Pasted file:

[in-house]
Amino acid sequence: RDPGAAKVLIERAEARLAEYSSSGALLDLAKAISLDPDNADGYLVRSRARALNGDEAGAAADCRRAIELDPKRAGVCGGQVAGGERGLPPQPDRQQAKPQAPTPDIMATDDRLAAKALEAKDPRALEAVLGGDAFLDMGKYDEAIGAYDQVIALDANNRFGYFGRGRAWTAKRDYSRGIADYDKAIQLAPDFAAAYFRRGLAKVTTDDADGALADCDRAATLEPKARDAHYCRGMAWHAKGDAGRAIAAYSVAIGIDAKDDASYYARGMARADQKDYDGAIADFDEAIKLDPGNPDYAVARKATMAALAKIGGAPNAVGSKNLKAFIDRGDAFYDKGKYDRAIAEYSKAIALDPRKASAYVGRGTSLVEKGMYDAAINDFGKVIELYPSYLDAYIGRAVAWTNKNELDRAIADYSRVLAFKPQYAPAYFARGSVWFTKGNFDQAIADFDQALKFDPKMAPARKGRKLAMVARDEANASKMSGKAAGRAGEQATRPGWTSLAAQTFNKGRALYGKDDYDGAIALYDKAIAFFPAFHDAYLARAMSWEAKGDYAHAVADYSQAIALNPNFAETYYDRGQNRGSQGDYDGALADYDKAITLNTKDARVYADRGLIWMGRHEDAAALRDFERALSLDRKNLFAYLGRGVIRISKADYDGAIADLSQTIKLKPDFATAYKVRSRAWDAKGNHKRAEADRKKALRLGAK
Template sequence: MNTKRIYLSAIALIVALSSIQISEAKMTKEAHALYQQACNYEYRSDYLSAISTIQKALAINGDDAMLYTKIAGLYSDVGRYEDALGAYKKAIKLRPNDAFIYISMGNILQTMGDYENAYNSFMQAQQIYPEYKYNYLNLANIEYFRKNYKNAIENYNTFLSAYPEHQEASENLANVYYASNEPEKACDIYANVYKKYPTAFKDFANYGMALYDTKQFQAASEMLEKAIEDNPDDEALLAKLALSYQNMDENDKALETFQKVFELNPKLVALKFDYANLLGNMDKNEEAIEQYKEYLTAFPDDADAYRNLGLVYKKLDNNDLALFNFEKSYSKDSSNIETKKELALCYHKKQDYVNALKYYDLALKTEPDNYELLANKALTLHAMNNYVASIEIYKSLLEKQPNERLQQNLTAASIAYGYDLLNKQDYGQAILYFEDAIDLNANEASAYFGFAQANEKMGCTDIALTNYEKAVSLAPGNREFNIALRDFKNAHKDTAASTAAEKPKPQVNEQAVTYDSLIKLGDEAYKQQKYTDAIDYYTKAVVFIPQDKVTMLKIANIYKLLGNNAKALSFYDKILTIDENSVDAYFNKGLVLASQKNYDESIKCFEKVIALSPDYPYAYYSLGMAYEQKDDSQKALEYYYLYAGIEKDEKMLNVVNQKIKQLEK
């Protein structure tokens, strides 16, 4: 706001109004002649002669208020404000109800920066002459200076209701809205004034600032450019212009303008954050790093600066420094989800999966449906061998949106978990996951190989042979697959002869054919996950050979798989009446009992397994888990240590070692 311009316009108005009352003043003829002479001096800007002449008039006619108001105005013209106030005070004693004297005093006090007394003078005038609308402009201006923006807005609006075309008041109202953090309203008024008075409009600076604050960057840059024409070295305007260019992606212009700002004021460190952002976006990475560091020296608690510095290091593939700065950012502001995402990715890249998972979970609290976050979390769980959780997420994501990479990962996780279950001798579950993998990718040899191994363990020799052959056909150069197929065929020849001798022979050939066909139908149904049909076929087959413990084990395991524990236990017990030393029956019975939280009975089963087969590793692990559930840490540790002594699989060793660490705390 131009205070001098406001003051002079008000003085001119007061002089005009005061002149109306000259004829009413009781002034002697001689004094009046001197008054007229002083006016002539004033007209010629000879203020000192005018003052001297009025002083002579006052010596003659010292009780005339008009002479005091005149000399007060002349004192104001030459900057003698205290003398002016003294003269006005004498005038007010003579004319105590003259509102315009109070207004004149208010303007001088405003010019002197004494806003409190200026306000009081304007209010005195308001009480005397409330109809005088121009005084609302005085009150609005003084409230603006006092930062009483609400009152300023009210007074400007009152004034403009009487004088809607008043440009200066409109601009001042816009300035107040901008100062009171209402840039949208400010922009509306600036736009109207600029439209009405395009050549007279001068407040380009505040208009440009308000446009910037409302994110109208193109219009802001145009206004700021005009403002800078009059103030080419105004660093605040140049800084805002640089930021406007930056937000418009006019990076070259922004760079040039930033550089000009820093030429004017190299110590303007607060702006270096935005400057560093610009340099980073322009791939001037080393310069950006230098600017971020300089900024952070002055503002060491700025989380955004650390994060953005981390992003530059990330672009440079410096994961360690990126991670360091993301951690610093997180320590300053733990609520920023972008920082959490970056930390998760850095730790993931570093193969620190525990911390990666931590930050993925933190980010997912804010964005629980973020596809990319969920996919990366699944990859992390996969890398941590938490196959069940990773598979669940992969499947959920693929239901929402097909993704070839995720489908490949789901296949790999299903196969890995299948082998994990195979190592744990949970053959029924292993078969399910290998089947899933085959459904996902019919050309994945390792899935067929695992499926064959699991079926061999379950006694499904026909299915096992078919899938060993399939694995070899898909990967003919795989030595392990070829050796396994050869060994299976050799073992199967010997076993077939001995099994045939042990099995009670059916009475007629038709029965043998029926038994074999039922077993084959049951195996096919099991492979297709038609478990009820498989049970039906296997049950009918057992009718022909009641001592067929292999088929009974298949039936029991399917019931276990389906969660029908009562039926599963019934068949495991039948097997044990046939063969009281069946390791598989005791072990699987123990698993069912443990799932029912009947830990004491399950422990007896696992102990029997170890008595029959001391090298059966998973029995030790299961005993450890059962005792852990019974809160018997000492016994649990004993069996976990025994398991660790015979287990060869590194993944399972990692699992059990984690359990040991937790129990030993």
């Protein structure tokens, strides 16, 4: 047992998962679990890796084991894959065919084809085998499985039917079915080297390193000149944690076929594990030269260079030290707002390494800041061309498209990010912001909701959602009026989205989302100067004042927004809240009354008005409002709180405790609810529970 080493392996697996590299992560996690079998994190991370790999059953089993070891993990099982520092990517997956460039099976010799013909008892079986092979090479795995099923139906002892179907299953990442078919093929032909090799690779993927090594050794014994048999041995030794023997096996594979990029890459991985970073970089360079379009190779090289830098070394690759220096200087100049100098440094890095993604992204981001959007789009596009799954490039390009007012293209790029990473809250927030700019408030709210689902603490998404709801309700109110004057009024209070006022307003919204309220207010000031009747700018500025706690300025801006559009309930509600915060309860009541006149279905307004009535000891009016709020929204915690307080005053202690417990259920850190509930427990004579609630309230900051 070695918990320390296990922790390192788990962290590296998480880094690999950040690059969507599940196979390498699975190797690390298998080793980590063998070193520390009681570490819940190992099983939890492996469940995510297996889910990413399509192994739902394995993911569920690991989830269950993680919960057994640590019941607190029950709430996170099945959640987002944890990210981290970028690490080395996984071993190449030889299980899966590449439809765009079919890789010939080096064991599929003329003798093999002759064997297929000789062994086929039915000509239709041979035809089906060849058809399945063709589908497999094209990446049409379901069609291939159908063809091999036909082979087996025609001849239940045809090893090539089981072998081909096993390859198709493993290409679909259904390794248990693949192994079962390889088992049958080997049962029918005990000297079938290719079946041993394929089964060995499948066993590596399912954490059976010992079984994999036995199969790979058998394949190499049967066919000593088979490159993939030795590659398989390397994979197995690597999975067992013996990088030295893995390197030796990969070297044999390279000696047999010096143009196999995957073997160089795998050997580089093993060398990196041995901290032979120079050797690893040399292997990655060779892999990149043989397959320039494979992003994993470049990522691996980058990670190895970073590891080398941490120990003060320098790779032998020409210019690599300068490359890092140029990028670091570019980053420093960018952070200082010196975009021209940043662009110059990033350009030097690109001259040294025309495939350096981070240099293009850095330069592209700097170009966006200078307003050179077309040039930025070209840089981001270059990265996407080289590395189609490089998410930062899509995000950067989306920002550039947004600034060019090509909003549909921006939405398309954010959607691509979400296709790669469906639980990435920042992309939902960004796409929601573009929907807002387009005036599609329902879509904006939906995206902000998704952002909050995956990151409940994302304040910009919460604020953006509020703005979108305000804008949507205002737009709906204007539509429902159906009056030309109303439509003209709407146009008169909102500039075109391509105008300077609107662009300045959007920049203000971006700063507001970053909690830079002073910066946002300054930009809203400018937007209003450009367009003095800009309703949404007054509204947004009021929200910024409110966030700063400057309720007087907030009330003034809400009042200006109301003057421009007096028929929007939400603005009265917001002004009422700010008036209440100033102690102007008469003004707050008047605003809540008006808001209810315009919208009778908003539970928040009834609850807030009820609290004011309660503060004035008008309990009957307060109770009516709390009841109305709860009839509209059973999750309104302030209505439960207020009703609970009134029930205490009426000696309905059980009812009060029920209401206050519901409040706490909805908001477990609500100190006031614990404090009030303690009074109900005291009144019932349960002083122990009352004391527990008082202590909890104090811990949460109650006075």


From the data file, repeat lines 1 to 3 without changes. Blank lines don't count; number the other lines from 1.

[in-house]
Amino acid sequence: RDPGAAKVLIERAEARLAEYSSSGALLDLAKAISLDPDNADGYLVRSRARALNGDEAGAAADCRRAIELDPKRAGVCGGQVAGGERGLPPQPDRQQAKPQAPTPDIMATDDRLAAKALEAKDPRALEAVLGGDAFLDMGKYDEAIGAYDQVIALDANNRFGYFGRGRAWTAKRDYSRGIADYDKAIQLAPDFAAAYFRRGLAKVTTDDADGALADCDRAATLEPKARDAHYCRGMAWHAKGDAGRAIAAYSVAIGIDAKDDASYYARGMARADQKDYDGAIADFDEAIKLDPGNPDYAVARKATMAALAKIGGAPNAVGSKNLKAFIDRGDAFYDKGKYDRAIAEYSKAIALDPRKASAYVGRGTSLVEKGMYDAAINDFGKVIELYPSYLDAYIGRAVAWTNKNELDRAIADYSRVLAFKPQYAPAYFARGSVWFTKGNFDQAIADFDQALKFDPKMAPARKGRKLAMVARDEANASKMSGKAAGRAGEQATRPGWTSLAAQTFNKGRALYGKDDYDGAIALYDKAIAFFPAFHDAYLARAMSWEAKGDYAHAVADYSQAIALNPNFAETYYDRGQNRGSQGDYDGALADYDKAITLNTKDARVYADRGLIWMGRHEDAAALRDFERALSLDRKNLFAYLGRGVIRISKADYDGAIADLSQTIKLKPDFATAYKVRSRAWDAKGNHKRAEADRKKALRLGAK
Template sequence: MNTKRIYLSAIALIVALSSIQISEAKMTKEAHALYQQACNYEYRSDYLSAISTIQKALAINGDDAMLYTKIAGLYSDVGRYEDALGAYKKAIKLRPNDAFIYISMGNILQTMGDYENAYNSFMQAQQIYPEYKYNYLNLANIEYFRKNYKNAIENYNTFLSAYPEHQEASENLANVYYASNEPEKACDIYANVYKKYPTAFKDFANYGMALYDTKQFQAASEMLEKAIEDNPDDEALLAKLALSYQNMDENDKALETFQKVFELNPKLVALKFDYANLLGNMDKNEEAIEQYKEYLTAFPDDADAYRNLGLVYKKLDNNDLALFNFEKSYSKDSSNIETKKELALCYHKKQDYVNALKYYDLALKTEPDNYELLANKALTLHAMNNYVASIEIYKSLLEKQPNERLQQNLTAASIAYGYDLLNKQDYGQAILYFEDAIDLNANEASAYFGFAQANEKMGCTDIALTNYEKAVSLAPGNREFNIALRDFKNAHKDTAASTAAEKPKPQVNEQAVTYDSLIKLGDEAYKQQKYTDAIDYYTKAVVFIPQDKVTMLKIANIYKLLGNNAKALSFYDKILTIDENSVDAYFNKGLVLASQKNYDESIKCFEKVIALSPDYPYAYYSLGMAYEQKDDSQKALEYYYLYAGIEKDEKMLNVVNQKIKQLEK